<daveshah> I can see how a LUT with more than one utilised inout could
<daveshah> *input
<daveshah> The thing is, if one says that, then one could also extend that to the fact that interconnect buffers could introduce glitches
<sorear> Do we have transistor-level schematics for a LUT in any product?
<daveshah> Not sure, might be for some academic architecures at least
<daveshah> It's typically a cascade of muxes though
<sorear> It’s much less plausible for interconnect buffers, since there is one obvious way to do an enable buffer and it doesn’t glitch
<daveshah> True
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<sorear> after giving the matter more thought, i can think of 3 ways to implement a N:1 mux (N pass transistors + buffer; N tristate buffers; N AND + 1 OR), and none of them will produce glitches in the pass-through case
<sorear> however. none of these methods can take advantage of the fact that a sram fpga has dual-rail *data* inputs. which makes me wonder if there's a different approach that'd be used instead
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<cr1901> >A LUT can turn one input edge into multiple output edges
<cr1901> Could you elaborate w/ a toy example?
<cr1901> (must be combining LUTs where this happens, not just a single LUT)
<sorear> cr1901: let's say you have a 2:1 MUX implemented as an AND/OR tree, both data inputs are 1, the output is 1
<sorear> cr1901: now say the select input changes from 0 to 1. depending on the order the decoder lines change, the MUX output could briefly go 0 before returning to 1
<sorear> i have just found out what SAED stands for o_O
<daveshah> I think such an option in nextpnr would nonetheless useful for debugging if nothing else (likewise being able to disable lut input permutation)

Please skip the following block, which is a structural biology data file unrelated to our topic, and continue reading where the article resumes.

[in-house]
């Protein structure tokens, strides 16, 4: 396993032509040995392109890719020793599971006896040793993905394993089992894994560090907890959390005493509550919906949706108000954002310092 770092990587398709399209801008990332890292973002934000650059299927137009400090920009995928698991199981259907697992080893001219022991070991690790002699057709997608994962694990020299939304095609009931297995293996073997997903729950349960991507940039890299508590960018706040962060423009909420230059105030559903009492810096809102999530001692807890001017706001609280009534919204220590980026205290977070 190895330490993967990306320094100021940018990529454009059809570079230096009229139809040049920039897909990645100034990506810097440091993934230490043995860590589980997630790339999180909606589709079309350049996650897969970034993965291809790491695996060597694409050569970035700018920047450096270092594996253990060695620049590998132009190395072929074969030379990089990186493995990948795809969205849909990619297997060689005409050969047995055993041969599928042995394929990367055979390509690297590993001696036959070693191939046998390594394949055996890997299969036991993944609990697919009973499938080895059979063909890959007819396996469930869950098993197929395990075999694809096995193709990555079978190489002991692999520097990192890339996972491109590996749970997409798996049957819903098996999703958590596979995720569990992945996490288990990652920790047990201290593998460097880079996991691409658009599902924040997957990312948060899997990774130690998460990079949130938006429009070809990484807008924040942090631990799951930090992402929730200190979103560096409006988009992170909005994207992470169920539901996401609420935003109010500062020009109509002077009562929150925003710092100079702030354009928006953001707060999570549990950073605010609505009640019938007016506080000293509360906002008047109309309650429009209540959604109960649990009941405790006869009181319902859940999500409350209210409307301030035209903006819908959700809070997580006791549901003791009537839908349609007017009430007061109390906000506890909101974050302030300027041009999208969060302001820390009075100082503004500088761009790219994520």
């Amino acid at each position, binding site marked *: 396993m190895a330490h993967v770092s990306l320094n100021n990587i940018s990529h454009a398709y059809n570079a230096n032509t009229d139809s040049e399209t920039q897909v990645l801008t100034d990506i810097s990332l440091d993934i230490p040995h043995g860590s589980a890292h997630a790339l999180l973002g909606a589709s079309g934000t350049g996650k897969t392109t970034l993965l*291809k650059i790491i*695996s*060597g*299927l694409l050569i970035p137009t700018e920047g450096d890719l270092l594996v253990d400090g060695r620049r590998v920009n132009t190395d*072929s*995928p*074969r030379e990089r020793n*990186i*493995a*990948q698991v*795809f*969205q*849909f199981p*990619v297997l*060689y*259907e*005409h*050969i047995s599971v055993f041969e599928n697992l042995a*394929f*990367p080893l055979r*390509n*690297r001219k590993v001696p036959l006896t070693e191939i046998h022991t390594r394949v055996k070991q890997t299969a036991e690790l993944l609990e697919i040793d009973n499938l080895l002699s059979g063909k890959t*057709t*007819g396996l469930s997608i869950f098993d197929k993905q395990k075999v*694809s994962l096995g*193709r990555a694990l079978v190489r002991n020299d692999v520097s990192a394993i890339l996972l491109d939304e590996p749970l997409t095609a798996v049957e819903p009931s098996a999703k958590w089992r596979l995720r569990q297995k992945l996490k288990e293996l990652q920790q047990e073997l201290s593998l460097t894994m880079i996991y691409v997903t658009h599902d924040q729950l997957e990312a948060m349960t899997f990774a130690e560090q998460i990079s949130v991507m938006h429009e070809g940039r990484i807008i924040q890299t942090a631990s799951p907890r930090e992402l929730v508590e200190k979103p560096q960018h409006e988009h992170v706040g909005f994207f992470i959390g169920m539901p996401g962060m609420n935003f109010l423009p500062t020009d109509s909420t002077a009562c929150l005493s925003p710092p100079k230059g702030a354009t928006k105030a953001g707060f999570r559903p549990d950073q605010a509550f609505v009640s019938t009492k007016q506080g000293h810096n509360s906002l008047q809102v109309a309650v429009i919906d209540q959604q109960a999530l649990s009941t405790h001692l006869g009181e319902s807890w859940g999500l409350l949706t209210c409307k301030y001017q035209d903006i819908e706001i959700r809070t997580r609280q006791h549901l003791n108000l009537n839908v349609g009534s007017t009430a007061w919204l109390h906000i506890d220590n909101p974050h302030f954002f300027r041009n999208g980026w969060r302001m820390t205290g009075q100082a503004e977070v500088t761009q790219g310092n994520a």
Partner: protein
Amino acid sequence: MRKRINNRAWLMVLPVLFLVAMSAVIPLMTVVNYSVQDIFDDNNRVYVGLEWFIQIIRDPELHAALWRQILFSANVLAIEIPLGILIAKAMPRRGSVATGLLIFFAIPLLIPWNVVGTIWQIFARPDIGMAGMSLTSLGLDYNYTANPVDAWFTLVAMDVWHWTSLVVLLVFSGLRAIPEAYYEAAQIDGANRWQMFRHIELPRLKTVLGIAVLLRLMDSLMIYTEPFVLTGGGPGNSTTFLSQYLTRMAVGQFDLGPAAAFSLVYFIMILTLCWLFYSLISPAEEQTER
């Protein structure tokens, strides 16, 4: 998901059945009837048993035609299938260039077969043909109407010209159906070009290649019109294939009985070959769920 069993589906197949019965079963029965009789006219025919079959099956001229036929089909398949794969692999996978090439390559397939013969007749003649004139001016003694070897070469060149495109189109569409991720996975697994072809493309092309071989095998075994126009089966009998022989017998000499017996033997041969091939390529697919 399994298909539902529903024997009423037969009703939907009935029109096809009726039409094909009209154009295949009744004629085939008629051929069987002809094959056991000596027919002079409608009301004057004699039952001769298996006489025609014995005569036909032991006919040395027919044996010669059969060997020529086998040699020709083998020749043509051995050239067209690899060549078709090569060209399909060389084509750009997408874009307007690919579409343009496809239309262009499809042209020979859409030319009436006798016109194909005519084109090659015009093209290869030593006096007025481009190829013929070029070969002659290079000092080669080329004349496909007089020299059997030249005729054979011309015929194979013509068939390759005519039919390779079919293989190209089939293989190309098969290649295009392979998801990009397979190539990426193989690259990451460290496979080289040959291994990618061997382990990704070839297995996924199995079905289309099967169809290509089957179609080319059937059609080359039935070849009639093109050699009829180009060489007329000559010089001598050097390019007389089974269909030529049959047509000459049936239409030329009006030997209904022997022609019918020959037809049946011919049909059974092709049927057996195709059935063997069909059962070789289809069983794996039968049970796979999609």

<daveshah> LUT input permutation could introduce extra glitches if you were relying on the exact mux structure
<daveshah> The different delays of the LUT inputs are characterised in the ice40 timing model
<awygle> SAED is supercool
<awygle> i love electron microsopes
<awygle> even if all the pictures make me very uncomfortable
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<sorear> (more generally: i want the open tools to have features for people to get excited about other than just "it's open". do at least a couple things the vendor tools simply can't)
<daveshah> Yes, that's very much the spirit of nextpnr
<daveshah> That's why we are working on a Python API, nice GUI, bitstream reader, etc
<awygle> daveshah: in your opinion how ready is nextpnr for plugging in alternative/experimental placement algorithms?
<daveshah> awygle: should be ready already
<awygle> hmmm
<daveshah> For anything parallel, you'd need to have a first pass to combine a Bels into tiles. But we have some API functions for working with Bels by tile for that purpose
<awygle> to use ice40 parlance, Bels are LCs and tiles are PLBs? or are Bels even lower level?
<daveshah> Bels are LCs
<daveshah> Tiles are PLBs, but lots of ice40 stuff just calls them tiles
<awygle> ok. so you can end up with an illegal placement due to carries, but you don't have to pack LUTs with FFs
<daveshah> You can end up with an illegal placement for many more reasons than carries
<daveshah> The Arch API provides functions to check validity of arch specific stuff
<daveshah> Carries are specified and validated using relative placement constraints
<awygle> hm. well i'll poke at the source ... eventually. thanks
<sorear> https://github.com/YosysHQ/nextpnr/commit/2853149c682eca805739a25e46dfb18c006efed9 seems like it's committing us to keeping all CellInfo objects in memory at all times ?
<daveshah> They are kept in memory already
<daveshah> All that commit changes is the handle to access them
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<sorear> intuition: the working representation of a SA PNR between each tick is equivalent to a bitstream, and it should be possible for it to use roughly the same amount of space
<awygle> the first half is close to true, i'd say it may be slightly _less_ information than a bitstream because routing may not be fully defined
<awygle> the second half is probably true but i don't think you'd _want_ to represent it in a way that allowed it to take up the same amount of space
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<sorear> there's a lot to be said for fitting in cache
<prpplague> i always prefer cash
<awygle> cache money
<awygle> i should calculate how much bit-twiddling equals a cache miss
<awygle> at L1 L2 and L3
<awygle> just so i know
* prpplague takes a break from board assembly to read the channel log